India’s power sector is facing a paradoxical problem. From a problem of shortages a few years ago, it now faces a problem of surpluses leading to sharply reduced utilisation of power generating capacity. Peak power deficits are on a decline, but there are no signs of the government putting in place an assured payments system that enables producers to get compensated for the power they sell to distributors. Nor are distribution companies in a position to charge all their consumers reasonable tariffs for the power that is supplied to them. This confluence of problems, if not tackled early, can blow up into a crisis and dampen prospects of the solid and sustainable infrastructure growth that is a necessary condition for an investment revival.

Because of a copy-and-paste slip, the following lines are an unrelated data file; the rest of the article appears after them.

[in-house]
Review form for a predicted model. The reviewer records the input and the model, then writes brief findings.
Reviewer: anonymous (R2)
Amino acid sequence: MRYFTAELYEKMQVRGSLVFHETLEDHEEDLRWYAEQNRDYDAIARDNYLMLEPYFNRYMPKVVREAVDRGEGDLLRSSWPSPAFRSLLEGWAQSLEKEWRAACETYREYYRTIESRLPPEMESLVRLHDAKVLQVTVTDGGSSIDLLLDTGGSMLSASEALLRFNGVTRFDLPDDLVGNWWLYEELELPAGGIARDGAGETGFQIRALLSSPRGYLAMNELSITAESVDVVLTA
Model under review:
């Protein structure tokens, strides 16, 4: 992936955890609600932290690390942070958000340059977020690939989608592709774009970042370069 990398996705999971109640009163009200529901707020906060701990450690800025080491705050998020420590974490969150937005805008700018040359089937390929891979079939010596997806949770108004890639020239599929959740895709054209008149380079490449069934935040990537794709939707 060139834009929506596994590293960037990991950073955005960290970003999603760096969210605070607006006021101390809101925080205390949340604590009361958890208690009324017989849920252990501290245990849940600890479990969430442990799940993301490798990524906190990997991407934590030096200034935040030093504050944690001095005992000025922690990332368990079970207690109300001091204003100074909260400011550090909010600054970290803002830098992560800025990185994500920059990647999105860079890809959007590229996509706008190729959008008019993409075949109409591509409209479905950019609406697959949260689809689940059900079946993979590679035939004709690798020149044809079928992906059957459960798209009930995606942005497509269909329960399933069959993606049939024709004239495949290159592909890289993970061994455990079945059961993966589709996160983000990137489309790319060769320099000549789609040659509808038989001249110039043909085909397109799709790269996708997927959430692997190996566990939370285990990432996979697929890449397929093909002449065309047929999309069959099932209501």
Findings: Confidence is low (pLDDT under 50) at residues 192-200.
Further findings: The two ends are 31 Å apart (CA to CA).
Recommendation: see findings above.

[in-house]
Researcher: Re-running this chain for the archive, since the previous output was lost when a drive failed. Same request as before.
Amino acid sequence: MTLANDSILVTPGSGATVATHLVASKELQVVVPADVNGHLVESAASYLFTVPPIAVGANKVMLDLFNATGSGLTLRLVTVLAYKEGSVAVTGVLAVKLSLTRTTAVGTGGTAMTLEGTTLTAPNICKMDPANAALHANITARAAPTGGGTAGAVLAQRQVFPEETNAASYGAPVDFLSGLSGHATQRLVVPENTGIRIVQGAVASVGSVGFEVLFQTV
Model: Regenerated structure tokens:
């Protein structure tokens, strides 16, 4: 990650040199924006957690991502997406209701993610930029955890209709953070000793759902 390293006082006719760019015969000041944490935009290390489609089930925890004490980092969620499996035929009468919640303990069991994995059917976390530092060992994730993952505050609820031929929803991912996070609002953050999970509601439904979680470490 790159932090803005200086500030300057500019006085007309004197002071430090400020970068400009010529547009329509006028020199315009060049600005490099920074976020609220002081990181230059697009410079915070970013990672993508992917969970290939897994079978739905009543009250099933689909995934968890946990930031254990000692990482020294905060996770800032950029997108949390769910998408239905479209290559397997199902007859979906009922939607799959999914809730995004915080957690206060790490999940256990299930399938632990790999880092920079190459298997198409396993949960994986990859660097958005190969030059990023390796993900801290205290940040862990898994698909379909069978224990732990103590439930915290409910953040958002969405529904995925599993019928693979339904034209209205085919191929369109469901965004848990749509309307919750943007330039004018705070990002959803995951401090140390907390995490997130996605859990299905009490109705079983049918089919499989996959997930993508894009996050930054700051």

As reported in this newspaper earlier this week, output byCoal India Limited and its associates has been rising steadily. Last year, it was estimated at 494 million tonnes, a rise of seven per cent over 2013-14. In the current year, too, production is on an upswing as preparations are under way to reduce the gap between the domestic availability of coal and its total demand. On the other hand, coal imports, which had been rising in the last few years, straining the country’s current account balance, have declined by over 19 per cent in the last year. The number of days for which coal stocks are available at the plants has now risen to a comfortable 23 days, compared to only six days a year ago. Also, the peak power deficit almost halved to 2.5 per cent from 4.5 per cent in 2013-14. Though electricity generation continues to rise at a healthy pace, the disturbing development is that the power generating units’ capacity utilisation level has steadily fallen in the last few years even as peak power deficit has fallen. Last year, capacity utilisation slipped to just 58 per cent, implying a huge surplus capacity and investments that are yielding no returns for power generating units. Not surprisingly, the pace of adding to power capacity has slowed significantly with the pipeline of new projects running almost dry.